Events : Economic, Development & Social Issues

Discussions on Union Budget

Held on 3rd March 2006

The Bangalore International Centre (BIC) organised an interactive discussion on the Union Budget 2006/07 on 3 March 2006. The discussion was moderated by Prof S L Rao, former Chairman, Central Electricity Regulatory Commission, and former Director-General, National Council of Applied Economic Research. It brought together three distinguished experts who spoke about different aspects of the budget – Mr B K Bhattacharya, former Chief Secretary, Government of Karnataka; Dr Vinod Vyasulu, Centre for Budget and Policy Studies; and Mr Rostow Ravanan, Head-Finance, Mind Tree Consulting.

Mr P R Dasgupta, Director, BIC, welcomed all the participants, and spoke about the significance of the budget in India – a fiscal exercise of considerable magnitude and a major media event.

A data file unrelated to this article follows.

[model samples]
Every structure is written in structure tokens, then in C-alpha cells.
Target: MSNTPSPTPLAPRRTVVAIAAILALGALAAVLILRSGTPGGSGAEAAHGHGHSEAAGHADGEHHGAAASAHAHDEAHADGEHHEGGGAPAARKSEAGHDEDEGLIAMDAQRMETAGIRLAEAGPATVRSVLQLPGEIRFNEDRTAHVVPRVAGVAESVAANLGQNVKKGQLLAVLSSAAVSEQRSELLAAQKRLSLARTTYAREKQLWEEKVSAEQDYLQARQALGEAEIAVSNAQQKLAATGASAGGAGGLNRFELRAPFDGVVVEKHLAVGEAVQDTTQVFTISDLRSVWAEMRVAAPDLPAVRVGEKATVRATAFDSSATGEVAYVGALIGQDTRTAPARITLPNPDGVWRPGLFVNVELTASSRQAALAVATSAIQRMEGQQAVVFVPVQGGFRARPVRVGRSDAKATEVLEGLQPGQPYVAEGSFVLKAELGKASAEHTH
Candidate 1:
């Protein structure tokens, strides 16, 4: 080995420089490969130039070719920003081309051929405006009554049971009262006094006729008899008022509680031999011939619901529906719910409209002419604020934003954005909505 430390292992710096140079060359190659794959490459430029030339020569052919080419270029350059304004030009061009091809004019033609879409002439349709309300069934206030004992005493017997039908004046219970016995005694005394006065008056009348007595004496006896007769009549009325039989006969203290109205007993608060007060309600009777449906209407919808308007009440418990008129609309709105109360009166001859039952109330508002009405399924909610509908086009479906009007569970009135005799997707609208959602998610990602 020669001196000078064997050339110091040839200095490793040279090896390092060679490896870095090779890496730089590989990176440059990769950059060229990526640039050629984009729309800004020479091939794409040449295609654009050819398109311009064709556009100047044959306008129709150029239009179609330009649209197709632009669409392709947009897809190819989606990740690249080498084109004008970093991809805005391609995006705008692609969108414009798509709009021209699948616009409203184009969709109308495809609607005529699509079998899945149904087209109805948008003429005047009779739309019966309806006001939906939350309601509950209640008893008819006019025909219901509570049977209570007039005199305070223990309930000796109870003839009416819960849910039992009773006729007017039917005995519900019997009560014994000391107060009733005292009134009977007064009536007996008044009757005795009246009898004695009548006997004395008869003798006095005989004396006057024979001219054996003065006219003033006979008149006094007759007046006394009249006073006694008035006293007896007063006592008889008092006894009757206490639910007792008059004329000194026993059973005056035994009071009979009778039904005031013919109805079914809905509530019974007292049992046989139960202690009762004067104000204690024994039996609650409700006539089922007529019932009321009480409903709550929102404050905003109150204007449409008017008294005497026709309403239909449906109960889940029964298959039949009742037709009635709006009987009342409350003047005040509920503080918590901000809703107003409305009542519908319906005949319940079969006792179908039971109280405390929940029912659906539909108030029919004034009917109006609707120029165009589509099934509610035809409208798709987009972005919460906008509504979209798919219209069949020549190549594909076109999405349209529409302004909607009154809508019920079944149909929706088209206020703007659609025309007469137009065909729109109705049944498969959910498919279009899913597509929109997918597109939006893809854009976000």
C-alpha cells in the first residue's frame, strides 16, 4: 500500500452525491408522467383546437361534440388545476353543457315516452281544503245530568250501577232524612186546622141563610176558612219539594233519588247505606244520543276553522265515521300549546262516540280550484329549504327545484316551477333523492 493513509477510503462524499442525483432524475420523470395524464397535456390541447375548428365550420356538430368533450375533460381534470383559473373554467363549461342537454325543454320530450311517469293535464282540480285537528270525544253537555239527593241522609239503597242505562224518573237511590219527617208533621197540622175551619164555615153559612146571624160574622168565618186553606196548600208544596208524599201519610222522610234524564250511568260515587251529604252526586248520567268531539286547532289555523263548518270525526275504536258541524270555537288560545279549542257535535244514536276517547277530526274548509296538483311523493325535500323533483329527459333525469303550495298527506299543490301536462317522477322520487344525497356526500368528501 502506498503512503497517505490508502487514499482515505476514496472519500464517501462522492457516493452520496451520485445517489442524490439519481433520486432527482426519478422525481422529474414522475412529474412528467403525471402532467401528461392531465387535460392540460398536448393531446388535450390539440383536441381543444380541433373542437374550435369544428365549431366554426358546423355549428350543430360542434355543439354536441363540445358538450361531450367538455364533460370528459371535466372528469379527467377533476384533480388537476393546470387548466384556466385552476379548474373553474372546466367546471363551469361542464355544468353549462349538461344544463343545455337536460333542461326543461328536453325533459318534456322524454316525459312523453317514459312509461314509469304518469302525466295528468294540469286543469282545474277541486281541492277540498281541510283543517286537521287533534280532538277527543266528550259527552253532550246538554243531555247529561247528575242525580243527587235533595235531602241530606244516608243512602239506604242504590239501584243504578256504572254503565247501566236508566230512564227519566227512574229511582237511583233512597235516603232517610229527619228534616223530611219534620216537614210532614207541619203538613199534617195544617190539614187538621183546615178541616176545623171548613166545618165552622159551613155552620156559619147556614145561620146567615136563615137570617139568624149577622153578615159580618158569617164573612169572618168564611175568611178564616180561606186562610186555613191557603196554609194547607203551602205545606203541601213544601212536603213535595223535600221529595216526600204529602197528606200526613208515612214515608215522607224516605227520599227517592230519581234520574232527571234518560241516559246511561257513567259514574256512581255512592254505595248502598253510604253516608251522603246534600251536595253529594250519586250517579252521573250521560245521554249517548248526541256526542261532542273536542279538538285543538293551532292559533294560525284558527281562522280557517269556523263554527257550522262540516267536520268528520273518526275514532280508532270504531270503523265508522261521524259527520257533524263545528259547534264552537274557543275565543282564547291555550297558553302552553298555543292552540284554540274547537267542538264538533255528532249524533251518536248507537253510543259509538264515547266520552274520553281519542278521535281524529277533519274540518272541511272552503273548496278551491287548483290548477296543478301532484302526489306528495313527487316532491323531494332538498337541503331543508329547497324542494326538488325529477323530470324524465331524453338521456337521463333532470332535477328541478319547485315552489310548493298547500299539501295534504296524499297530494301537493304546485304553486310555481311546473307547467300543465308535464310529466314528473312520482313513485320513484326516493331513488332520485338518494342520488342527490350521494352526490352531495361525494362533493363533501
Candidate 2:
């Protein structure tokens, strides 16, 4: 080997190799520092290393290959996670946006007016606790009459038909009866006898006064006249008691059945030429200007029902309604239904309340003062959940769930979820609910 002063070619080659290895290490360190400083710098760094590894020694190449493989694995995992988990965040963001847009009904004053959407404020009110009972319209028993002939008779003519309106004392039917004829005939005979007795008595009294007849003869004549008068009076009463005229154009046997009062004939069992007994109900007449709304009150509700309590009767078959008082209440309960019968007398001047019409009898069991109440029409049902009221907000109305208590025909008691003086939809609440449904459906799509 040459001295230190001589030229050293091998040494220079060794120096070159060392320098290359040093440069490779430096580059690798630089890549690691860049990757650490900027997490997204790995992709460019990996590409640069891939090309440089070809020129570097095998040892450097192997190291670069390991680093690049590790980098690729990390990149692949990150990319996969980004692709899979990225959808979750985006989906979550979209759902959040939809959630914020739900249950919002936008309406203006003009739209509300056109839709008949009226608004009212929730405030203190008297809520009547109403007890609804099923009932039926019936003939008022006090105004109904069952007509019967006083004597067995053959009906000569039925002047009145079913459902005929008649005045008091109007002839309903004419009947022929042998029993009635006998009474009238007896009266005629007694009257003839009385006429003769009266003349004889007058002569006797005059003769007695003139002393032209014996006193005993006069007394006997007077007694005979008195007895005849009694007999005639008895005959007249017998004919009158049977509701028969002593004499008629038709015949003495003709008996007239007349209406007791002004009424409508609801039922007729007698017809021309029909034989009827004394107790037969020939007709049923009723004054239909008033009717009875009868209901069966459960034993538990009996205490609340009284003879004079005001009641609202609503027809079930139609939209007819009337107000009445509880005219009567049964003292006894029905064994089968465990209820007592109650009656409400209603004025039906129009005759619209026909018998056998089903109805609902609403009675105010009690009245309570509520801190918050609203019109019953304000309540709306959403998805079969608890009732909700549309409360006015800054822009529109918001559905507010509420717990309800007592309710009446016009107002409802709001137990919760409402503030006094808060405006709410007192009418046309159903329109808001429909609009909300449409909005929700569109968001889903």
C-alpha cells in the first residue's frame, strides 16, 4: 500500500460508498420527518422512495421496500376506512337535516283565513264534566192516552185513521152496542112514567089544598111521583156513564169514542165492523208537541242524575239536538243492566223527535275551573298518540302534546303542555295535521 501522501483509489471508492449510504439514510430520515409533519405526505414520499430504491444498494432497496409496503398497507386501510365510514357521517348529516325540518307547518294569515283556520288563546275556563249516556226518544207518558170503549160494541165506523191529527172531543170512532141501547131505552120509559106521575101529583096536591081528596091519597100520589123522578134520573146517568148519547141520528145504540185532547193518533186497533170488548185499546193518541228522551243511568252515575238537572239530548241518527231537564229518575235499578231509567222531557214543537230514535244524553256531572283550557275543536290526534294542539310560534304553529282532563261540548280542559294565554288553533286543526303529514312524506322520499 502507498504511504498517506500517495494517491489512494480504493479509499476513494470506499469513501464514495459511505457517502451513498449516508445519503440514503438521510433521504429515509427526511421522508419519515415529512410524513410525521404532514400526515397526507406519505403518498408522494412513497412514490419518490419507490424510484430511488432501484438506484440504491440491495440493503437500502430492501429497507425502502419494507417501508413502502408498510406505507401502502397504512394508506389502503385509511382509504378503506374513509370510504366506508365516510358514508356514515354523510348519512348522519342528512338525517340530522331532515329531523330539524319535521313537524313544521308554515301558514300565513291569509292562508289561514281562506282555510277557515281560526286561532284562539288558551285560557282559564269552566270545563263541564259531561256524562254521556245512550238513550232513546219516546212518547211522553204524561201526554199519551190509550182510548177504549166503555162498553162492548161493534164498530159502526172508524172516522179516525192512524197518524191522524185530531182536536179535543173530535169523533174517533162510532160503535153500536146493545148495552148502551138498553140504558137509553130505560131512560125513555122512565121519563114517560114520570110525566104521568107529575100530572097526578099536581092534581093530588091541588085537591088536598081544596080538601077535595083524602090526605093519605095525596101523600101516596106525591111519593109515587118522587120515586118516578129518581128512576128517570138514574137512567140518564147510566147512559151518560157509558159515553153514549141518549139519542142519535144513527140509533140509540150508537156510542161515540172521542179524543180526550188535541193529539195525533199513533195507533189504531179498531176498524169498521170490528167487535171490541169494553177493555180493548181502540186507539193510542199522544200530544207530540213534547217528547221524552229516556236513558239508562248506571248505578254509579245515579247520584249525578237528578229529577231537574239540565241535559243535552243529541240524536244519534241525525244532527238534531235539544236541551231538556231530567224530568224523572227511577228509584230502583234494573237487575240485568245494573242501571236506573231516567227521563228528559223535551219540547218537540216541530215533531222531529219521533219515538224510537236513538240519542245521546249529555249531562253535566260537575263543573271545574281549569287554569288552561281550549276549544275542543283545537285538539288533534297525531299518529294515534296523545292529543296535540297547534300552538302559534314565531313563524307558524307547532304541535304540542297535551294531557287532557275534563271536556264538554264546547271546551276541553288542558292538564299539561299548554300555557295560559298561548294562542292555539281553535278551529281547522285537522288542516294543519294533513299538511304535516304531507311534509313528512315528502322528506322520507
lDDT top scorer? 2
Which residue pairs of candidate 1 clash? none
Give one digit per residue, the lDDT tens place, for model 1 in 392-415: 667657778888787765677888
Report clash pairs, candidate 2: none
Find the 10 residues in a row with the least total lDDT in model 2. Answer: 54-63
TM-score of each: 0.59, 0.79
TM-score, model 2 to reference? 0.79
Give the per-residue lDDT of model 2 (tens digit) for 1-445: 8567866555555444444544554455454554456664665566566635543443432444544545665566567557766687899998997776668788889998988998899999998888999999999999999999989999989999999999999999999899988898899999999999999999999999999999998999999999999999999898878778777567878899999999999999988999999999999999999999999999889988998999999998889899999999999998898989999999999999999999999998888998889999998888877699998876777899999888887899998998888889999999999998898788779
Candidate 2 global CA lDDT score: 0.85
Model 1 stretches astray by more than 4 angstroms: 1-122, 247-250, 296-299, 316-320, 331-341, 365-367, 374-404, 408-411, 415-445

Prof Rao kicked off the discussions by laying the context for this year’s budget. He called it a Chidambaram budget with a difference, in that it was lacking in the bold initiatives usually associated with his earlier budgets. Possible reasons cited for a “don’t-rock-the-boat budget” were the political reality of a fragile coalition, forthcoming elections in four major states – West Bengal, Kerala, Tamil Nadu and Uttar Pradesh – and also perhaps, an element of caution, given that the economy is currently doing well. The panellists also made the point that this budget had no major crisis to respond to, and hence, aimed more for consolidation and stability.

However, with three years of steady growth and two years remaining for the elections, all speakers felt that the budget had tremendous scope to initiate far-reaching measures, but failed to do so. Some of the missed opportunities in major areas are discussed below.